And yeah, that was really a lot of fun to work on, and I think it’s also useful to have that technology also democratized so that everybody is able to use it. So if you sequence your own bunch of genomes, you’re able to do this to make these networks for your own data.
Dan Udwary: Very helpful, yes. And in that same sort of leapfrogging of data generation to data storage, now– well, behind the scenes, we had to cancel this two weeks ago, and since then your paper on BiG-FAM has come out, which seems to be a database of these gene cluster families, correct?
Marnix Medema: Yeah, maybe I should first explain what a gene cluster family is.
Dan Udwary: Sure.
Marnix Medema: Because a gene cluster family is a, I think, is a handy unit to be able to study biosynthetic diversity. There is no precise definition, like where to draw the boundaries. But in principle, a gene cluster family would be a set of gene clusters across different species, which all encode the production of either the same or similar molecules. And then of course, where you draw the boundary depends on, OK, do you really want them to be the same molecule or similar enough, and then how similar?
Dan Udwary: Yeah, similarity is a slippery slope in chemistry.
Marnix Medema: Yeah, exactly. There is no black and white in clustering in general in computer science.
Dan Udwary: Sure, Sure.
Marnix Medema: But it’s a really helpful way of, for example, finding out which organisms, for example, are likely for which organisms, their genomes contain the same biosynthetic gene clusters or similar biosynthetic gene clusters. And also correlating these gene clusters to metabolites. So knowing, OK, which metabolites are actually associated with these gene clusters, or to activity? So if you see a biological activity and you correlate that with the presence or expression across species in, for example, a strain collection with the presence of a certain type, certain family, of gene clusters. So this is a very helpful concept, I should say.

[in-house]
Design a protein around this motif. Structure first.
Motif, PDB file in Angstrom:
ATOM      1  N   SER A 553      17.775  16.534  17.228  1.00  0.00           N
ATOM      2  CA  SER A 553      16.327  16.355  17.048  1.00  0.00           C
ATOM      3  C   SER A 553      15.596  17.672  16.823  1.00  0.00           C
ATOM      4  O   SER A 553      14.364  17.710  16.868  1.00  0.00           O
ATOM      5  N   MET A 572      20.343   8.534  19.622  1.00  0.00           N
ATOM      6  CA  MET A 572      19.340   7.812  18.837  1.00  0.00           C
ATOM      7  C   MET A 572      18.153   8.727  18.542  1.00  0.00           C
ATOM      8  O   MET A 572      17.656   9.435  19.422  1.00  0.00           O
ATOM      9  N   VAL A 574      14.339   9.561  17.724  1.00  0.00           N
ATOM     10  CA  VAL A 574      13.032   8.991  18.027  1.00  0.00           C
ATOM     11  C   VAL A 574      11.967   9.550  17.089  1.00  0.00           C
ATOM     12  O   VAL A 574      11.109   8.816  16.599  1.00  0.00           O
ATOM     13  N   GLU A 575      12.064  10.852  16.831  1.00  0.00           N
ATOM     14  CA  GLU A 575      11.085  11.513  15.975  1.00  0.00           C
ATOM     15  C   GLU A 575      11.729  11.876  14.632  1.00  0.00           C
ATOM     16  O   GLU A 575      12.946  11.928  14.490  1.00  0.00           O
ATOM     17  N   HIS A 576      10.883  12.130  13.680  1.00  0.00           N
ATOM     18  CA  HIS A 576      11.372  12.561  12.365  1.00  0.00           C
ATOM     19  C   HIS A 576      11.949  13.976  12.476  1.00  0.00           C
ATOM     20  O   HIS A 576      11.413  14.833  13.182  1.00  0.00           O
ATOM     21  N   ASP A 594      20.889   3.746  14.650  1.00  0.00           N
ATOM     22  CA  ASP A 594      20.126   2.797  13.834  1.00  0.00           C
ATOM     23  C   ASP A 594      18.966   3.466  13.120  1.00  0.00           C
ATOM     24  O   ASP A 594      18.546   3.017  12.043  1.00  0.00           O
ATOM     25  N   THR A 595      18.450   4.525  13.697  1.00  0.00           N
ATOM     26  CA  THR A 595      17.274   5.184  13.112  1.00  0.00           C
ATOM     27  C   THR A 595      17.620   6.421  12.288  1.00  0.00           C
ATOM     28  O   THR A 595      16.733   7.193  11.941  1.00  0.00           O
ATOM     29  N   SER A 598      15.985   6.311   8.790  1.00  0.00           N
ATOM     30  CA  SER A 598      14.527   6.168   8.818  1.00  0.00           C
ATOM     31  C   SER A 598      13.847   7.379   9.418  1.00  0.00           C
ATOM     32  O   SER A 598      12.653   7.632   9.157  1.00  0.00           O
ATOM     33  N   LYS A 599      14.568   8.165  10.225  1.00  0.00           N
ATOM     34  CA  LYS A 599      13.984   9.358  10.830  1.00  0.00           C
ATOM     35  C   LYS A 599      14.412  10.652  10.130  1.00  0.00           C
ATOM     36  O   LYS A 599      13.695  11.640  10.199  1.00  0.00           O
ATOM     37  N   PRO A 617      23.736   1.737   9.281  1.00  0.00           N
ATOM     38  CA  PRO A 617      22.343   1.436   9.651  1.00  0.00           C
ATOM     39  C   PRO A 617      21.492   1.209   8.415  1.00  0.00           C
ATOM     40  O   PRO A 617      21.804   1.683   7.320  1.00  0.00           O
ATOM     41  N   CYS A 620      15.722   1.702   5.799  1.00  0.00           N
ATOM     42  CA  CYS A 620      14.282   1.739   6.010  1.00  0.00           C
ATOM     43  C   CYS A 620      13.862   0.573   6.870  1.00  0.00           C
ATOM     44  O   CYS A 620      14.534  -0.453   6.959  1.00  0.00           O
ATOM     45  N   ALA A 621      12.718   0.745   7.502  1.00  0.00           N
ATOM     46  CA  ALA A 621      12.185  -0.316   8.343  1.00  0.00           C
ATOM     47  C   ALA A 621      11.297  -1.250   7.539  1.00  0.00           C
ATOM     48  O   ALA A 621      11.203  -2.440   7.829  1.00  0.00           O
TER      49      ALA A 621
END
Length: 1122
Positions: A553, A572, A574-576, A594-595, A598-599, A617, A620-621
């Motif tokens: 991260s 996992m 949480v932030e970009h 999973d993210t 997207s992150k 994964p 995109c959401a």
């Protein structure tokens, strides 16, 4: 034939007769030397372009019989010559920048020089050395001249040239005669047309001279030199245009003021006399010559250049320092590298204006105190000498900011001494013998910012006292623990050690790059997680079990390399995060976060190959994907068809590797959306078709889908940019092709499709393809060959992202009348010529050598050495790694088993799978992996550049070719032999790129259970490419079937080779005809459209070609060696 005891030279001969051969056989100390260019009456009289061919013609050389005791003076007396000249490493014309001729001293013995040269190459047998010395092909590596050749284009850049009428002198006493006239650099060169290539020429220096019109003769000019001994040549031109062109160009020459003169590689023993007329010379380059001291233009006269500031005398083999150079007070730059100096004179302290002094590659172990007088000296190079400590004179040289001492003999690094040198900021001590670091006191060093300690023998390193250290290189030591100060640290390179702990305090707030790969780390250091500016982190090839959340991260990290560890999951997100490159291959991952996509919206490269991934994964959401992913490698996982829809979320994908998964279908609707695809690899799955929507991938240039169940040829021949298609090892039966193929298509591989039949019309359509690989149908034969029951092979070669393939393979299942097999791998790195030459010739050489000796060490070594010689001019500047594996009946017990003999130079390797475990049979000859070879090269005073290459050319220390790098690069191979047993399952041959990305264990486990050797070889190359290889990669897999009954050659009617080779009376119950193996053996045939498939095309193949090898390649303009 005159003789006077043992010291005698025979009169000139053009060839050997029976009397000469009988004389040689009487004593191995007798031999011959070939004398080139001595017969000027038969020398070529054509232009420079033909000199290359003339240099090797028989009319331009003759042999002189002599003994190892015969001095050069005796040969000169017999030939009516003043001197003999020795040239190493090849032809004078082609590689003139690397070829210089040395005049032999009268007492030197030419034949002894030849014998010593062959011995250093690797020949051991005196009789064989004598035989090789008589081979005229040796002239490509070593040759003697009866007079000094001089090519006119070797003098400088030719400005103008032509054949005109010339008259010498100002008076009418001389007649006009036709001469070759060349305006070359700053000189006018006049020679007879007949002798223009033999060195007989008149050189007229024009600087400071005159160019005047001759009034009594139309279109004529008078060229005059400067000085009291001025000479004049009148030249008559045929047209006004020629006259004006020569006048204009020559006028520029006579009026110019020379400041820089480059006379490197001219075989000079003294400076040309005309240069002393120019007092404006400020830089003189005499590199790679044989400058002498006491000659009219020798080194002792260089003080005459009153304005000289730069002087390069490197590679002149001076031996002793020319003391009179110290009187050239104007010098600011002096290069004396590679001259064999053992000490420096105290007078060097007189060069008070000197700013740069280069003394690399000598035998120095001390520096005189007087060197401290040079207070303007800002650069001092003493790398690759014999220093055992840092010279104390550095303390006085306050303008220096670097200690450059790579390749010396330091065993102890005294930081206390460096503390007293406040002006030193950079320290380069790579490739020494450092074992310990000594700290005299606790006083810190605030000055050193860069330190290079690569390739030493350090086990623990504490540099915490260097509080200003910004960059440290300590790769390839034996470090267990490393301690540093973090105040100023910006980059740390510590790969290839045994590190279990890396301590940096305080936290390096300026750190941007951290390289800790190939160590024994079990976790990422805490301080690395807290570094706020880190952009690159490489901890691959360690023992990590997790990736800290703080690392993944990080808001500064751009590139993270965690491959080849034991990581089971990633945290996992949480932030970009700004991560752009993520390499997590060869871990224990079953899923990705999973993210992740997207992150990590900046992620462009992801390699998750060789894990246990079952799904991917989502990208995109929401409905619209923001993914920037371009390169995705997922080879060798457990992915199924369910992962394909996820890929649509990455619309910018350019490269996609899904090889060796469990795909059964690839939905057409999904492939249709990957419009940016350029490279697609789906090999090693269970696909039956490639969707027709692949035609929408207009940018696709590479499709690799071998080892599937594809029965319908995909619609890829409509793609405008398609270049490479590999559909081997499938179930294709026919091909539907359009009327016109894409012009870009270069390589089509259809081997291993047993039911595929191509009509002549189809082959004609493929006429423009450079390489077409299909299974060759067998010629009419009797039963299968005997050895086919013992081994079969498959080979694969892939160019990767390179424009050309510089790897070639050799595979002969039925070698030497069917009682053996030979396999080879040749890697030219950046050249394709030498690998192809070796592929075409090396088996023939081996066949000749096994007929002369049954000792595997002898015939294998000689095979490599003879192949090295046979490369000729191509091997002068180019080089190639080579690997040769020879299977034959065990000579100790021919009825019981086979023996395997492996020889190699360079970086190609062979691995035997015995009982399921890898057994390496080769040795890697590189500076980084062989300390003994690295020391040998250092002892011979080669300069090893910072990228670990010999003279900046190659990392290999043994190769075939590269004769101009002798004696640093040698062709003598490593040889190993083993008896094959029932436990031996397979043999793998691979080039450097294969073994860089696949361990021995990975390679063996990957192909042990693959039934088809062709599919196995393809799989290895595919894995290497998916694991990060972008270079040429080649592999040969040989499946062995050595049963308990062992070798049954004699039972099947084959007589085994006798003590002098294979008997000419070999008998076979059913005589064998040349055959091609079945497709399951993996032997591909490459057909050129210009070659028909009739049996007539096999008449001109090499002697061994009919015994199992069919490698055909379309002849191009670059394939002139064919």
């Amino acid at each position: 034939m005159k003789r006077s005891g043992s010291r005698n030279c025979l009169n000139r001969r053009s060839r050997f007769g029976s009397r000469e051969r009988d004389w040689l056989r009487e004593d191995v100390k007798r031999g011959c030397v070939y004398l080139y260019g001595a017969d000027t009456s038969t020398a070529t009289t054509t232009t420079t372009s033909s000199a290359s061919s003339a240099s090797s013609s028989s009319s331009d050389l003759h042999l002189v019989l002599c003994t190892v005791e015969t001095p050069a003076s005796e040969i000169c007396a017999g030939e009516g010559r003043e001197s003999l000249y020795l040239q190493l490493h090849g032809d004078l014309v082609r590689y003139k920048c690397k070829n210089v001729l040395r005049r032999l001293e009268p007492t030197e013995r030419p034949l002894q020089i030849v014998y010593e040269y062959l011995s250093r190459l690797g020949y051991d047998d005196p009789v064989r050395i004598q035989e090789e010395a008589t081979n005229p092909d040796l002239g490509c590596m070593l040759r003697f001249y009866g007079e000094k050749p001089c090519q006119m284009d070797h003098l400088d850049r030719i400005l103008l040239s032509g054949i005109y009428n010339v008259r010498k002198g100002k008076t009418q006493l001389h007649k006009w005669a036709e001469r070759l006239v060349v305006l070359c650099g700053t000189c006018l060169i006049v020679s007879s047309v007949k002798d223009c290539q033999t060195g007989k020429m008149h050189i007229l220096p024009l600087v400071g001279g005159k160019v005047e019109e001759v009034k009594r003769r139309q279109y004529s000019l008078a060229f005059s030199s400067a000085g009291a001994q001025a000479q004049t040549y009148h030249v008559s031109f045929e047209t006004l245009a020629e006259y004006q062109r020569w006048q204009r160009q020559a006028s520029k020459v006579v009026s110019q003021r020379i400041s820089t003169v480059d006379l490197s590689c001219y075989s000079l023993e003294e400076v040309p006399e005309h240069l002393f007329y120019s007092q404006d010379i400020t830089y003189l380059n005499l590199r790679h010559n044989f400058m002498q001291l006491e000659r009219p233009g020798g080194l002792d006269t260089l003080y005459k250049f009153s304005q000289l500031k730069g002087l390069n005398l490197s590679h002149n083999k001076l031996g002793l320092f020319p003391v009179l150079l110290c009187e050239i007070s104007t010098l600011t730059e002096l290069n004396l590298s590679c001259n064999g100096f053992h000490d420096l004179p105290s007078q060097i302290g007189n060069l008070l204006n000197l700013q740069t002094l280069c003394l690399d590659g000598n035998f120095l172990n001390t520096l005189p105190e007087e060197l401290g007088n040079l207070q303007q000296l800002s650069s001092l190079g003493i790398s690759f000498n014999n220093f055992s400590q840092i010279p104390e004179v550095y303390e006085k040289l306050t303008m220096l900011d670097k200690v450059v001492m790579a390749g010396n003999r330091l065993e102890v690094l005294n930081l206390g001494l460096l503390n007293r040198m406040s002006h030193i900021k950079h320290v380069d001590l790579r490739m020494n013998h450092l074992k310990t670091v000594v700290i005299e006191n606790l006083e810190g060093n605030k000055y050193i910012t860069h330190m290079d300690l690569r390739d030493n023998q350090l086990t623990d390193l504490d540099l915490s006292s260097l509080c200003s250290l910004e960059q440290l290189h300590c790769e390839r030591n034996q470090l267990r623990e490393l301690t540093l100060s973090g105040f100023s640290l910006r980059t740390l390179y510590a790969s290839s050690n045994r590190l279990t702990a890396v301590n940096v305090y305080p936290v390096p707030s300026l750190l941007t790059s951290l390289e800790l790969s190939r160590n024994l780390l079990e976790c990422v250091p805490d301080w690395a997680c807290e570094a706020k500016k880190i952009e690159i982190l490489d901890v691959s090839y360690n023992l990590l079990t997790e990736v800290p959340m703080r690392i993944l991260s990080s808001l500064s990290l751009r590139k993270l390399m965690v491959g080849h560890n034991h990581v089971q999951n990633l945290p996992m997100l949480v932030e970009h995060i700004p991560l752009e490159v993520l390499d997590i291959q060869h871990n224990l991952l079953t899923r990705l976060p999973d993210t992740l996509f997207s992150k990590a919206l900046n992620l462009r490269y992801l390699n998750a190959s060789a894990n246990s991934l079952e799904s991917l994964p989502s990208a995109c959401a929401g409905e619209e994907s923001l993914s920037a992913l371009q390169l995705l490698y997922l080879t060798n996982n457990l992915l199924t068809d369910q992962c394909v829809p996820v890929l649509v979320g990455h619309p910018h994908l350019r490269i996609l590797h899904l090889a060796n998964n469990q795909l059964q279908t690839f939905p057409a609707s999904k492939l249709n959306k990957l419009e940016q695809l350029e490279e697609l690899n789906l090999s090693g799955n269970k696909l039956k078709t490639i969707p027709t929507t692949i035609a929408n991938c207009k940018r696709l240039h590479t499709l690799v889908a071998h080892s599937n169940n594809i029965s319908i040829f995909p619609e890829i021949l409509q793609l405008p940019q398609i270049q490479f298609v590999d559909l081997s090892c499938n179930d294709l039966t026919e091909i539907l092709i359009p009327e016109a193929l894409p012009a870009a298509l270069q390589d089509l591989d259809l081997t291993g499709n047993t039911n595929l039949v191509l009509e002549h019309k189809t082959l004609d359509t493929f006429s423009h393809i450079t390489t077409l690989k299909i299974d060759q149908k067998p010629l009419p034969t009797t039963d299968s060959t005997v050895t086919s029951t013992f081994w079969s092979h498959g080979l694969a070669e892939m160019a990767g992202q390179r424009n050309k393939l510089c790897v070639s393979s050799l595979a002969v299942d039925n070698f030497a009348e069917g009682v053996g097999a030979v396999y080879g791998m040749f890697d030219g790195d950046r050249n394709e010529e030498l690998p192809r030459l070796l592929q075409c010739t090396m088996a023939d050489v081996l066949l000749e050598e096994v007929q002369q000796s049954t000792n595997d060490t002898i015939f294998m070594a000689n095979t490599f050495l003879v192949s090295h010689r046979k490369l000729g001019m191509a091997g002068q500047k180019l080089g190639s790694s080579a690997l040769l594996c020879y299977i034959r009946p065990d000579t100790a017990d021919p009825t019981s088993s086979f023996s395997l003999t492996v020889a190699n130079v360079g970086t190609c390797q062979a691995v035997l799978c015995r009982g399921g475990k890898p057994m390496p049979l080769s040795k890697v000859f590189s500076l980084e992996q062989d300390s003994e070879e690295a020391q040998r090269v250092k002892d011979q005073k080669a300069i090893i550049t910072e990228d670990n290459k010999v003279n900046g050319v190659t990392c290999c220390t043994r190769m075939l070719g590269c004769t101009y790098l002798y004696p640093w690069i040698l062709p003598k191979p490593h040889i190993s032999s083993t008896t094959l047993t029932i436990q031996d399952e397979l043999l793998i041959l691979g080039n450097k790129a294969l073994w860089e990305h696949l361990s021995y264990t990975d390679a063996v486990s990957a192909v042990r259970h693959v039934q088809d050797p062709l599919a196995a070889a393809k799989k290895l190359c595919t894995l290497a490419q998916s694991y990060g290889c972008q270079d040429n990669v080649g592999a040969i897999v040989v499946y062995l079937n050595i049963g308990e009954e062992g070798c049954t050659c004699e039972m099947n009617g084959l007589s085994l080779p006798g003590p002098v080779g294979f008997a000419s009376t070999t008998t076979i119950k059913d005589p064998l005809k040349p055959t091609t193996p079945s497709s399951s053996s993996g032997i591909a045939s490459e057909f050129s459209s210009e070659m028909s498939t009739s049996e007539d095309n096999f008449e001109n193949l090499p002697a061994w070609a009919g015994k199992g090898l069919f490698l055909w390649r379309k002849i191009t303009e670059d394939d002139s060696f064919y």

So you asked about BiG-FAM, and BiG-FAM is a database of those biosynthetic gene cluster families. And those were built using a new algorithm that Satria, whom I just mentioned who was a student in my group, builds. And idea about BiG-SLiCE came about especially because we noticed that BiG-SCAPE was very scalable compared to approaches before that. But when you wanted to include more than let’s say, 100,000 gene clusters, then the computation times became too long.